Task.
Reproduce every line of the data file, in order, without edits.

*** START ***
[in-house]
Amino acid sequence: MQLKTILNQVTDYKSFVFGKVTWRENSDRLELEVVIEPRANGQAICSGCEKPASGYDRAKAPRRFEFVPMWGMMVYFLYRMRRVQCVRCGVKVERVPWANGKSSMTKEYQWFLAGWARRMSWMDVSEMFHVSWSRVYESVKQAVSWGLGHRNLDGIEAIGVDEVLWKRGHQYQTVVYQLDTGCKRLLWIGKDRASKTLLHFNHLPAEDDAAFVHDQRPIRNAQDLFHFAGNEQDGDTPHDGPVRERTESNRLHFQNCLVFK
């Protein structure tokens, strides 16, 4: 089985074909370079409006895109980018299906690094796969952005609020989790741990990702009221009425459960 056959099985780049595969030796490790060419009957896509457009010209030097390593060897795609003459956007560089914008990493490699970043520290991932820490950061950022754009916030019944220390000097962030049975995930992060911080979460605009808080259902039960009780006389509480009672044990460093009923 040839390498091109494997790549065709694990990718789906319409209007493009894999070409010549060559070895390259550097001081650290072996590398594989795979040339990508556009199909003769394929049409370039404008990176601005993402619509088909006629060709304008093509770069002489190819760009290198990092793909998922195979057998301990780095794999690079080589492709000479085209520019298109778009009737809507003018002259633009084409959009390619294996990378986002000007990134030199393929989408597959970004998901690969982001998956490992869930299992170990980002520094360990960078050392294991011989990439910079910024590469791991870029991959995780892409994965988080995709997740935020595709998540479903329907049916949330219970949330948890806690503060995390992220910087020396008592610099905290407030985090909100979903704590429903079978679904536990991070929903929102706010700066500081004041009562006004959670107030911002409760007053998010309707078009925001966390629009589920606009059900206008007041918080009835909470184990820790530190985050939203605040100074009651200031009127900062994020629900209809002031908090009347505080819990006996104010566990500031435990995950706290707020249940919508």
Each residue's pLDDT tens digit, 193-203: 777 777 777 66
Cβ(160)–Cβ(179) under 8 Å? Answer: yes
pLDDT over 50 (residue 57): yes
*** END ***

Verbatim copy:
[in-house]
Amino acid sequence: MQLKTILNQVTDYKSFVFGKVTWRENSDRLELEVVIEPRANGQAICSGCEKPASGYDRAKAPRRFEFVPMWGMMVYFLYRMRRVQCVRCGVKVERVPWANGKSSMTKEYQWFLAGWARRMSWMDVSEMFHVSWSRVYESVKQAVSWGLGHRNLDGIEAIGVDEVLWKRGHQYQTVVYQLDTGCKRLLWIGKDRASKTLLHFNHLPAEDDAAFVHDQRPIRNAQDLFHFAGNEQDGDTPHDGPVRERTESNRLHFQNCLVFK
């Protein structure tokens, strides 16, 4: 089985074909370079409006895109980018299906690094796969952005609020989790741990990702009221009425459960 056959099985780049595969030796490790060419009957896509457009010209030097390593060897795609003459956007560089914008990493490699970043520290991932820490950061950022754009916030019944220390000097962030049975995930992060911080979460605009808080259902039960009780006389509480009672044990460093009923 040839390498091109494997790549065709694990990718789906319409209007493009894999070409010549060559070895390259550097001081650290072996590398594989795979040339990508556009199909003769394929049409370039404008990176601005993402619509088909006629060709304008093509770069002489190819760009290198990092793909998922195979057998301990780095794999690079080589492709000479085209520019298109778009009737809507003018002259633009084409959009390619294996990378986002000007990134030199393929989408597959970004998901690969982001998956490992869930299992170990980002520094360990960078050392294991011989990439910079910024590469791991870029991959995780892409994965988080995709997740935020595709998540479903329907049916949330219970949330948890806690503060995390992220910087020396008592610099905290407030985090909100979903704590429903079978679904536990991070929903929102706010700066500081004041009562006004959670107030911002409760007053998010309707078009925001966390629009589920606009059900206008007041918080009835909470184990820790530190985050939203605040100074009651200031009127900062994020629900209809002031908090009347505080819990006996104010566990500031435990995950706290707020249940919508």
Each residue's pLDDT tens digit, 193-203: 777 777 777 66
Cβ(160)–Cβ(179) under 8 Å? Answer: yes
pLDDT over 50 (residue 57): yes